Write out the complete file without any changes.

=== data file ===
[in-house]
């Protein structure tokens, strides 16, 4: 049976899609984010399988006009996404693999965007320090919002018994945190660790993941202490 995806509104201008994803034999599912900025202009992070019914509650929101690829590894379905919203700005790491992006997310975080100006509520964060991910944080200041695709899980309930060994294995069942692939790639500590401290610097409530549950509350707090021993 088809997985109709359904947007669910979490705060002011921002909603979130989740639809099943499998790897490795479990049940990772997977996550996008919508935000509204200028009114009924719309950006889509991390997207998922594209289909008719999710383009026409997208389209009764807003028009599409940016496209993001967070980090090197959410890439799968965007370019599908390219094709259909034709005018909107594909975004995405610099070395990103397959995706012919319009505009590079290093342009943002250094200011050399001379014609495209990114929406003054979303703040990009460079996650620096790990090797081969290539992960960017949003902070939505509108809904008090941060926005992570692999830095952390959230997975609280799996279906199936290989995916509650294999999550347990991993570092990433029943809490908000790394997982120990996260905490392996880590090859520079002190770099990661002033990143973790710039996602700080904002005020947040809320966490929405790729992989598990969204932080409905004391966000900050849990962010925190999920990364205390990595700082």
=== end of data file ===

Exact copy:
[in-house]
């Protein structure tokens, strides 16, 4: 049976899609984010399988006009996404693999965007320090919002018994945190660790993941202490 995806509104201008994803034999599912900025202009992070019914509650929101690829590894379905919203700005790491992006997310975080100006509520964060991910944080200041695709899980309930060994294995069942692939790639500590401290610097409530549950509350707090021993 088809997985109709359904947007669910979490705060002011921002909603979130989740639809099943499998790897490795479990049940990772997977996550996008919508935000509204200028009114009924719309950006889509991390997207998922594209289909008719999710383009026409997208389209009764807003028009599409940016496209993001967070980090090197959410890439799968965007370019599908390219094709259909034709005018909107594909975004995405610099070395990103397959995706012919319009505009590079290093342009943002250094200011050399001379014609495209990114929406003054979303703040990009460079996650620096790990090797081969290539992960960017949003902070939505509108809904008090941060926005992570692999830095952390959230997975609280799996279906199936290989995916509650294999999550347990991993570092990433029943809490908000790394997982120990996260905490392996880590090859520079002190770099990661002033990143973790710039996602700080904002005020947040809320966490929405790729992989598990969204932080409905004391966000900050849990962010925190999920990364205390990595700082």